In the absence of any billion-dollar deals this week, a handful of significantly smaller financings will be priced into a relatively quiet primary market where an estimated $3.29 billion in new issues is expected. The volume compares to last week when a revised $3.45 billion in total competitive and negotiated new issues came to market, according to Thomson Financial.

This week, the activity will be led by a new-money and refunding sale of airport revenue bonds from the Airport Commission of the City and County of San Francisco, which is expected to be priced either Wednesday or Thursday by Citi.

The deal — which is fixed rate and is being sold on behalf of the San Francisco International Airport — is tentatively structured to mature from 2012 to 2022, and includes both bonds subject to the alternative minimum tax and non-AMT bonds. The deal, which will range in size between $260 and $300 million depending on market conditions, is insured by Assured Guaranty Corp., and the bonds have underlying ratings of A1 from Moody’s Investors Service and A from Standard & Poor’s.

The airport commission is also is slated to issue a total of $169 million of second-series, variable-rate revenue refunding bonds this week in a three-pronged deal tentatively set for Thursday.

Citi will price the $69 million Series A bonds, while Banc of America Securities LLC and Morgan Stanley & Co. will each price $50.8 million in Series B and Series C.

Meanwhile, a $232.2 million unlimited tax general obligation refunding from King County, Wash., is slated to be priced today by Goldman, Sachs & Co. Rated Aa1 by Moody’s, natural AAA by Standard & Poor’s, and AA-plus by Fitch Ratings, the deal is structured to mature from 2009 to 2028, with a term maturity in 2034.

Elsewhere in the region, the Santa Clara County Financing Authority, Calif., is planning to issue $124.9 million of lease revenue refunding bonds tomorrow in a deal being priced by Banc of America. Structured to mature from 2008 to 2022, the bonds carry a Aa3 rating from Moody’s and a AA rating from Standard & Poor’s.

In the Southwest, a pair of Texas deals planned for this week will give investors a choice between starkly different credits.

A $175 million sale of high-quality GOs from the city of Austin is expected to be priced tomorrow by Lehman Brothers with a structure that runs from 2008 to 2021. The city’s GOs recently received an upgrade from Standard & Poor’s to triple-A from AA-plus in advance of the sale, and are also rated AA-plus by Fitch. Moody’s rates Austin’s GO credit at Aa1, but as of late last week had not yet announced its rating on the new issue.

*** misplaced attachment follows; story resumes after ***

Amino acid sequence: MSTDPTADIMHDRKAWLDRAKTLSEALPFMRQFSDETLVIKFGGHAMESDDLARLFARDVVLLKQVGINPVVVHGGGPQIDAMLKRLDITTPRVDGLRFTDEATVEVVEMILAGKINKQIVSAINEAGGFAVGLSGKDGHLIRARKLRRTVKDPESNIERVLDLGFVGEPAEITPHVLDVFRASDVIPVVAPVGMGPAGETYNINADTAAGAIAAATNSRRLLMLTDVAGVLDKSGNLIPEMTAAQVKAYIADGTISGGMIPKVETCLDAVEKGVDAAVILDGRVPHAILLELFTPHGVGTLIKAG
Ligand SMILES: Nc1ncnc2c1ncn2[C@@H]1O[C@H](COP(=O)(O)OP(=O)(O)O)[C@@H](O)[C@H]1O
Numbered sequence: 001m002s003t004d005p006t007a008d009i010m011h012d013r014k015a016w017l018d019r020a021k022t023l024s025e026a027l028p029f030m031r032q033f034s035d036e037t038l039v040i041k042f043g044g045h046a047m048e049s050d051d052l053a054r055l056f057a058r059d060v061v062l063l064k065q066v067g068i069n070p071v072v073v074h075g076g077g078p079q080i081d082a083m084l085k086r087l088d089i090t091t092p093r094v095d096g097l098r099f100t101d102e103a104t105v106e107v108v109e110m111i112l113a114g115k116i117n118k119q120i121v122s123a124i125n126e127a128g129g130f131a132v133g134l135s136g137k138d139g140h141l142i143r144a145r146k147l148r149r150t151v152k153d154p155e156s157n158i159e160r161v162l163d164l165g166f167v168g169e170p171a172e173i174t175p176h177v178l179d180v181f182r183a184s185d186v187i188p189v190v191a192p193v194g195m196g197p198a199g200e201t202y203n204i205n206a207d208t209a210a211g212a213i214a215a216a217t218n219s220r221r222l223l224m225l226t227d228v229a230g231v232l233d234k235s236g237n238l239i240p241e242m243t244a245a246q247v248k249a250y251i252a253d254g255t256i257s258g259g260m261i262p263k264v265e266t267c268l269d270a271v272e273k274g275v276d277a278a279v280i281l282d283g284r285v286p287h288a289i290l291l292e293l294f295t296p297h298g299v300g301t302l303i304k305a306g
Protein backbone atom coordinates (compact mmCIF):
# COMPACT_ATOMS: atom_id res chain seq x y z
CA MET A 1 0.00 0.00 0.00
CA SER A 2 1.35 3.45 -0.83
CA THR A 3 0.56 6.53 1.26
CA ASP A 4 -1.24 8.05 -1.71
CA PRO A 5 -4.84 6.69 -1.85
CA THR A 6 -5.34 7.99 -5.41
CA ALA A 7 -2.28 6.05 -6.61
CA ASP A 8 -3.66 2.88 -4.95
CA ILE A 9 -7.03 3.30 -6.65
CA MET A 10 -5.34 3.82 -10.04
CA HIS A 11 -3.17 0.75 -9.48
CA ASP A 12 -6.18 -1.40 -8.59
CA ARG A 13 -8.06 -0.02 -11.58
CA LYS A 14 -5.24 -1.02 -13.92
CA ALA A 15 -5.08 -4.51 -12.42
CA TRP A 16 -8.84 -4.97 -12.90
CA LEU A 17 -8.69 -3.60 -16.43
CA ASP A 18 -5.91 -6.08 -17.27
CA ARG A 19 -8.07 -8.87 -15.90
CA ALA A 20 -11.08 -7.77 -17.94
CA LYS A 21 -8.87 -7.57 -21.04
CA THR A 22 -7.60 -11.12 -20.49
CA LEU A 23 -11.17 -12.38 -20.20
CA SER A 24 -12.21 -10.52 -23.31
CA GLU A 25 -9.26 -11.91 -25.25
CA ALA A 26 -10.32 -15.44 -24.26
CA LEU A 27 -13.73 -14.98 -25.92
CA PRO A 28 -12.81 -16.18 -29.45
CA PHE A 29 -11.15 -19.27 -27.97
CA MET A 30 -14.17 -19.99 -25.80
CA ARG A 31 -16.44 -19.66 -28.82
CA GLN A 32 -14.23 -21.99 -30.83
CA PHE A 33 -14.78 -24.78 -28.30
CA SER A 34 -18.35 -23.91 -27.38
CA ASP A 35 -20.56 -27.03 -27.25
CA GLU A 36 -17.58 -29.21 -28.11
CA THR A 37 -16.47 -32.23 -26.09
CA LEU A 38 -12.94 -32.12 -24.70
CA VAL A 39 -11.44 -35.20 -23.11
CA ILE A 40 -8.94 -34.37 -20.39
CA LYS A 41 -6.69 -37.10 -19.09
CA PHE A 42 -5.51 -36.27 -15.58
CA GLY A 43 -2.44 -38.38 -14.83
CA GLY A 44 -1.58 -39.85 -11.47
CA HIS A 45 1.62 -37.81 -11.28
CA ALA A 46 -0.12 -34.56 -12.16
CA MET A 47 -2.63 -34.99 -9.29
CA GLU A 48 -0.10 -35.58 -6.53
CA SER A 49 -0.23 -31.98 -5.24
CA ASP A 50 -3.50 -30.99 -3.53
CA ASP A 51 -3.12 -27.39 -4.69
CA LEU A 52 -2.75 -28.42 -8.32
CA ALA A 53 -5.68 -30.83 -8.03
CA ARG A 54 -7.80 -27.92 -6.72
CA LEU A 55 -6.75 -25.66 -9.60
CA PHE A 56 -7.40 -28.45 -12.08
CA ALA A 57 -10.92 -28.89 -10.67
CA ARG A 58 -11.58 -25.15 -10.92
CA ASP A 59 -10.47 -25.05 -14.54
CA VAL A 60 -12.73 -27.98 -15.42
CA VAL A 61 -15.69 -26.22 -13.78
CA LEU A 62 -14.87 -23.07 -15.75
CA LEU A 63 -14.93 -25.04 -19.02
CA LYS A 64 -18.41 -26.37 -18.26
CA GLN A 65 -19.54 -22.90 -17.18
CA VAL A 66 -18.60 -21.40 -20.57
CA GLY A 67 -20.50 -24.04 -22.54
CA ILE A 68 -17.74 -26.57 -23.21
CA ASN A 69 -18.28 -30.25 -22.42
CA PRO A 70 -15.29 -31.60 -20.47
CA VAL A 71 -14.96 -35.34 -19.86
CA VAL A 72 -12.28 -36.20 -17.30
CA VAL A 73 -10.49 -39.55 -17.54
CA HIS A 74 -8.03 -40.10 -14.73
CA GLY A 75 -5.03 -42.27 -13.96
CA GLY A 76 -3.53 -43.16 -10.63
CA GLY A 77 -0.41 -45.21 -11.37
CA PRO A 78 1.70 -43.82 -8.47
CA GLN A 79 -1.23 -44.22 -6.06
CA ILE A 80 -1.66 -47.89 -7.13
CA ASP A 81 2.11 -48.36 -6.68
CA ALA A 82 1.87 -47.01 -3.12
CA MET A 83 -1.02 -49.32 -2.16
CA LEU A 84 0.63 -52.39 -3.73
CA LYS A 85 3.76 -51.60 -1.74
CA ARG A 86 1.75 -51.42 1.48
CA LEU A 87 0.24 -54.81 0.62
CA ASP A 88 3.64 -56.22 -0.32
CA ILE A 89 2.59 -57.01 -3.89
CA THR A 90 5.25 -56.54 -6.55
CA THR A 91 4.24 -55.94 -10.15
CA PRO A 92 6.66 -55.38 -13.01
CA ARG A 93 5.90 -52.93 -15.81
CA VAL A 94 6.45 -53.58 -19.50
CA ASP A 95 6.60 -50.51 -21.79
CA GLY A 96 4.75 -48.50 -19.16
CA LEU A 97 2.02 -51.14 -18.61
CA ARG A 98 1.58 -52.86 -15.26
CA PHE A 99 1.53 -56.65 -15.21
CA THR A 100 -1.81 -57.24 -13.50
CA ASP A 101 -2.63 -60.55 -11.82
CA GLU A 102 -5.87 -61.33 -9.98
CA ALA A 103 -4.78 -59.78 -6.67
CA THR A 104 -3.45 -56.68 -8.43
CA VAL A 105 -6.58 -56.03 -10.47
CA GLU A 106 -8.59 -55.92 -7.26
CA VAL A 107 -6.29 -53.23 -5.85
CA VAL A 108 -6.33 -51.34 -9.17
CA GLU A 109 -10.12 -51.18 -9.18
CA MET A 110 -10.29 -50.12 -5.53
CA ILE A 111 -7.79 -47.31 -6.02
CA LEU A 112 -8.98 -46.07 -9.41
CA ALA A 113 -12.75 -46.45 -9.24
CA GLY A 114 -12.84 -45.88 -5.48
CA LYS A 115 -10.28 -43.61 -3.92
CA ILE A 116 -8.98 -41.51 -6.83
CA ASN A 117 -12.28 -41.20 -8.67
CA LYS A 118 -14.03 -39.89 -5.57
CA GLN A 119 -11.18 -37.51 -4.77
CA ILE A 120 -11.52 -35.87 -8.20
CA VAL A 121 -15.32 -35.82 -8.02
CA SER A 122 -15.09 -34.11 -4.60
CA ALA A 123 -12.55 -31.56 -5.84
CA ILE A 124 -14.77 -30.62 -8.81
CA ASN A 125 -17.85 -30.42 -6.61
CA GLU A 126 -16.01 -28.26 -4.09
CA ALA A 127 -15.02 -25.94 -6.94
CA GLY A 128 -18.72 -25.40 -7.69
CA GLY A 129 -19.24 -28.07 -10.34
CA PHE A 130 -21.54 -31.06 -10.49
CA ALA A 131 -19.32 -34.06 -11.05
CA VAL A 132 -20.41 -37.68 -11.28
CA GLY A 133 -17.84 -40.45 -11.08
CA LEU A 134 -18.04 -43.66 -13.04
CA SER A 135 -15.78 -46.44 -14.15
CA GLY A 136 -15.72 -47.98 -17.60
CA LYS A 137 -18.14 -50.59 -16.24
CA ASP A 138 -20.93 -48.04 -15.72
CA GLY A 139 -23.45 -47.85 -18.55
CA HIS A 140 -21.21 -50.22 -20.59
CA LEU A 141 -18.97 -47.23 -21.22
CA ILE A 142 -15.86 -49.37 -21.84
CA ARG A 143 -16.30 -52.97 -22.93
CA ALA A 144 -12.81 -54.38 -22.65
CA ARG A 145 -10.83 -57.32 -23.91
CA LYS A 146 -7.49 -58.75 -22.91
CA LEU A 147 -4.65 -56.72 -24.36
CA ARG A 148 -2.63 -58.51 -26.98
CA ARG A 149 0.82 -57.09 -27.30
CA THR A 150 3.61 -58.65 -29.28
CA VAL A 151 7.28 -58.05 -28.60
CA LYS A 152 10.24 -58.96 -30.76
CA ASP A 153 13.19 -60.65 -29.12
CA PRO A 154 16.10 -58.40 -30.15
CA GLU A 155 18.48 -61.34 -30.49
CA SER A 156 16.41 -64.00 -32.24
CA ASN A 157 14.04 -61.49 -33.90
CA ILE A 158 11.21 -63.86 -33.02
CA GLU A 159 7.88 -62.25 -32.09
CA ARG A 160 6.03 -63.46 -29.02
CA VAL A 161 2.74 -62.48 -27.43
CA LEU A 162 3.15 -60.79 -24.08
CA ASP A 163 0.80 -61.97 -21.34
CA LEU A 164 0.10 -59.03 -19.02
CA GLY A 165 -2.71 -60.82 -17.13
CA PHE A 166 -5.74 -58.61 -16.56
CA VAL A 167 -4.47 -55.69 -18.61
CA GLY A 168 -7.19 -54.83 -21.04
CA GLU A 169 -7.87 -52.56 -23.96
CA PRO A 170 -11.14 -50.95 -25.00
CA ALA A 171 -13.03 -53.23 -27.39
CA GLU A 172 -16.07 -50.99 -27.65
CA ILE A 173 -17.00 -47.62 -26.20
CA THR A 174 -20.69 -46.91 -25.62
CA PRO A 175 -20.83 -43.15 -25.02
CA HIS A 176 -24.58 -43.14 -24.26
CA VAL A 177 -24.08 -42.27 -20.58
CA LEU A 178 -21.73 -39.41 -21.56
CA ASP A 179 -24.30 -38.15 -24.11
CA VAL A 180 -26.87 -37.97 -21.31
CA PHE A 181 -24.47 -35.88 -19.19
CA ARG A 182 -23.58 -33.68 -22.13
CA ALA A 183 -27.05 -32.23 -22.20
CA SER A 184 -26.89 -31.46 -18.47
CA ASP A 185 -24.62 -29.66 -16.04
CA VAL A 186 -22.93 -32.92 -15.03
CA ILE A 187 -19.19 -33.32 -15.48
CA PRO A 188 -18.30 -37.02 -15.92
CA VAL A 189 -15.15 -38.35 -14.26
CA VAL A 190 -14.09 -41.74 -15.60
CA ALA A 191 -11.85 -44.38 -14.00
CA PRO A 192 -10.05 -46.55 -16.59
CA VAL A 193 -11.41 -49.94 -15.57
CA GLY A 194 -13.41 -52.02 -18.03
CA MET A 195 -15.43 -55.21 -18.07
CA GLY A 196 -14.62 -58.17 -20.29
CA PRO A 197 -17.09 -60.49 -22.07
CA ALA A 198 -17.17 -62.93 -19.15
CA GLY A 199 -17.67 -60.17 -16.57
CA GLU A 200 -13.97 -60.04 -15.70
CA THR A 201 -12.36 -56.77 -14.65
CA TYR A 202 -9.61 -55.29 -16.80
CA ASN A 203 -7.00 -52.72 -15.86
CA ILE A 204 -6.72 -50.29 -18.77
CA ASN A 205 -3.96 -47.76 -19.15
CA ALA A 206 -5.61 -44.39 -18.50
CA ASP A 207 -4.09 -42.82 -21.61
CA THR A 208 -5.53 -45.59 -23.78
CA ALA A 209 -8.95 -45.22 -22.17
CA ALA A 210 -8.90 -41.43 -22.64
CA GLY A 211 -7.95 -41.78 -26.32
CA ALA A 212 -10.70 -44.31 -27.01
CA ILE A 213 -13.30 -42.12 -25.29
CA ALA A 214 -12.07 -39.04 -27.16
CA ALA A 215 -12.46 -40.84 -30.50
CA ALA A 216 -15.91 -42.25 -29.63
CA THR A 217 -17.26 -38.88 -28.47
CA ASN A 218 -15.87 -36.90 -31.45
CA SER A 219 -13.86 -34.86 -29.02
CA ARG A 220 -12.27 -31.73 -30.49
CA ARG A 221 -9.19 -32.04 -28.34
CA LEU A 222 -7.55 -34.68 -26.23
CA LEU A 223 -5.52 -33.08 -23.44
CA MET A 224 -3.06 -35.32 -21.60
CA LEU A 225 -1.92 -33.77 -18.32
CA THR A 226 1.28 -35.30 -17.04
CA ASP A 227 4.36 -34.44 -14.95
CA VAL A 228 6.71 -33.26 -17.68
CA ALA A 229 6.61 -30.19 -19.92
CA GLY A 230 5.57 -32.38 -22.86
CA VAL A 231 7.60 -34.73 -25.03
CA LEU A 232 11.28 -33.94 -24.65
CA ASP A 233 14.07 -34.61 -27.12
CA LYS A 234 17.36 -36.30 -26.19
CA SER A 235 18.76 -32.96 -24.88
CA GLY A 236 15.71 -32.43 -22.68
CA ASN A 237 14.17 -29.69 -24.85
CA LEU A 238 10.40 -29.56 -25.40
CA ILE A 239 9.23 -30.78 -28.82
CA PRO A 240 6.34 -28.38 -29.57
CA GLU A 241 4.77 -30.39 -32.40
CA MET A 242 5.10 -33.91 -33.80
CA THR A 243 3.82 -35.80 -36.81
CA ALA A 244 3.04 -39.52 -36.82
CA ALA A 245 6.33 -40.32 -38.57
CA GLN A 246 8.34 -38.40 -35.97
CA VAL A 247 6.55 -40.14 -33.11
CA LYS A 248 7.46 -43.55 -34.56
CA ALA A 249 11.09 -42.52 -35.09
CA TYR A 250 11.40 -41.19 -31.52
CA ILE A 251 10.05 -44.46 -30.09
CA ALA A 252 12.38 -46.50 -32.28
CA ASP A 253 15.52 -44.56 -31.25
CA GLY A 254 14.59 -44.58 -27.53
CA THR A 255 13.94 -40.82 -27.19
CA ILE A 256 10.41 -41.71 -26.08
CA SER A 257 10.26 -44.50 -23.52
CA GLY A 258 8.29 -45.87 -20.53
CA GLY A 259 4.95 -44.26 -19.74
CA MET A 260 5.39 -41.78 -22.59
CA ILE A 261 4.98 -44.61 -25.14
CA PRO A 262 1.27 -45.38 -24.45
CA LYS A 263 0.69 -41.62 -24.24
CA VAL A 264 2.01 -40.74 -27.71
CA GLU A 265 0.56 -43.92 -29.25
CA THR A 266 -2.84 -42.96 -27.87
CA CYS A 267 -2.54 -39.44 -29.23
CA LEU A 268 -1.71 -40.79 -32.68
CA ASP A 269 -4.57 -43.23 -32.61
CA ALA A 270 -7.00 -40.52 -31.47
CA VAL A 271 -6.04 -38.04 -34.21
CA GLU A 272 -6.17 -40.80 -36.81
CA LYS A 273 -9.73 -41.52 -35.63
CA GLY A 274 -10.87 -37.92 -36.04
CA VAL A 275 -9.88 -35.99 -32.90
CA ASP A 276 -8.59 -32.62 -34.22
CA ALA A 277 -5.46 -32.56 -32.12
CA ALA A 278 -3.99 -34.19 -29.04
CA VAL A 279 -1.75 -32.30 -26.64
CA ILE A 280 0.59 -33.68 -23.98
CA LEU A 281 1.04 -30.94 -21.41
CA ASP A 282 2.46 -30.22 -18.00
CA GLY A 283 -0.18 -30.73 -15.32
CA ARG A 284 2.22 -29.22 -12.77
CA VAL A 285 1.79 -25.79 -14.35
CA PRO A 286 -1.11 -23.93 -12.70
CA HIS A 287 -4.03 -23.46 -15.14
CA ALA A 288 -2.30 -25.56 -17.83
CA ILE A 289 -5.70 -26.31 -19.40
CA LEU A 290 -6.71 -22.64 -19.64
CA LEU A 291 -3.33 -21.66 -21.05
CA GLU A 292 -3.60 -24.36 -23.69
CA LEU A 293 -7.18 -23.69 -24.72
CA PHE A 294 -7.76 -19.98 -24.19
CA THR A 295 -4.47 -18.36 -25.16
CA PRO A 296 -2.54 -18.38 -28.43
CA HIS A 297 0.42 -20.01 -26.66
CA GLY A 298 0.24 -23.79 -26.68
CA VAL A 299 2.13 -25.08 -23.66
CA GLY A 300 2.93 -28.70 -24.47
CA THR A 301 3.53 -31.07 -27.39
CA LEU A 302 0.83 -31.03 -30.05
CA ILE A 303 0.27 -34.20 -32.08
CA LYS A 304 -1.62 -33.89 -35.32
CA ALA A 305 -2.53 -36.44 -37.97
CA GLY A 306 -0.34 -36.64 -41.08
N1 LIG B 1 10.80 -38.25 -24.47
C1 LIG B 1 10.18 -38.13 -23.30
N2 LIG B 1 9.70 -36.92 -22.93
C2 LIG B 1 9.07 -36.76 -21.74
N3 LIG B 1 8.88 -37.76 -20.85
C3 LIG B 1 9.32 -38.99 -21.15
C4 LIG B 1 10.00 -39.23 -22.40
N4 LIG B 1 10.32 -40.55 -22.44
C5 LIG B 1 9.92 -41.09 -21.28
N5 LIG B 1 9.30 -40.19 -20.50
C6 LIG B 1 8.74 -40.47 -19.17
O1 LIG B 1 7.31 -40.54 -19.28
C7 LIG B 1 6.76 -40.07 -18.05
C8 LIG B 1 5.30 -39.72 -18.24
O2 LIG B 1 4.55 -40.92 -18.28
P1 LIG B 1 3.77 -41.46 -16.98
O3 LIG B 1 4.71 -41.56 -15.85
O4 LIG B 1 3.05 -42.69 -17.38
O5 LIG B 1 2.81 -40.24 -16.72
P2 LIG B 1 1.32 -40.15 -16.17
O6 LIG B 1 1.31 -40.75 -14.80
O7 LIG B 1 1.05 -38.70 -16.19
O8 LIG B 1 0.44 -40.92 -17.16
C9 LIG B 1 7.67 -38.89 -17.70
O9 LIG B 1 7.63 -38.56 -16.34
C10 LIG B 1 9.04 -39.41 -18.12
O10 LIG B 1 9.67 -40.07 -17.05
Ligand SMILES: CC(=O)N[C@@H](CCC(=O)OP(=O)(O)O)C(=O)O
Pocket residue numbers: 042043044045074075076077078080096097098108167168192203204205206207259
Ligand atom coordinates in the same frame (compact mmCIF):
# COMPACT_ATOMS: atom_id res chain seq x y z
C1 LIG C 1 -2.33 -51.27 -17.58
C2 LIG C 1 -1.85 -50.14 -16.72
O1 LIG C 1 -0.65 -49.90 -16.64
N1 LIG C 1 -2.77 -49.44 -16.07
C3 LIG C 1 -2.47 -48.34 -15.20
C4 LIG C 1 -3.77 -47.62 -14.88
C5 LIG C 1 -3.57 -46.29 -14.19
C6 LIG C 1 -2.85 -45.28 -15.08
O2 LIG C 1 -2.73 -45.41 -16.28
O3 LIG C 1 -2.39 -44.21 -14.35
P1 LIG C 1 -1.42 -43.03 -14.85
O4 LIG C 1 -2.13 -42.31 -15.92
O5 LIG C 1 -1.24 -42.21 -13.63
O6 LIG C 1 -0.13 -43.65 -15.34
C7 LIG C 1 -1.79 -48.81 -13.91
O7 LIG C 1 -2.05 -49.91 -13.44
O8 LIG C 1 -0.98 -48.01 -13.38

By contrast, $157 million revenue sale from the Harris County, Tex., Cultural Education Facilities Corp. planned for pricing tomorrow by Goldman, will be rated Baa3 by Moody’s. The Series 2008A bonds are being sold on behalf of the YMCA of Greater Houston and are expected to be structured from 2010 to 2022, with term bonds in 2030, 2038, and 2042.

As a lower investment-grade credit, the bonds are being priced without insurance, which means they will likely offer yields that are considered attractive when compared to the generic, 30-year triple-A GO bond, which ended at a 4.28% yield on Friday, according to Municipal Market Data.

For instance, the 2017 maturity in the Albany deal was priced to yield 4.41% — which was only five basis points cheaper than triple-B health care yields priced by MMD on the same day. The 2022 maturity’s 4.91% yield was three basis points richer than where triple-B hospital credits were priced last Wednesday, according to MMD.

Switching gears to the competitive market, meanwhile, investors will see a mix of essential service, transportation, and housing deals priced this week. A two-pronged GO refunding from the Las Vegas Valley Water District is planned for tomorrow. The larger of the two series is a $192.5 million sale of new-money GOs and refunding bonds that are structured to mature from 2009 to 2038, while the $172.7 million series is a GO refunding that is structured to mature from 2009 to 2026.

The district’s bonds are rated Aa1 by Moodys, AA-plus by Standard & Poor’s, and AA by Fitch.

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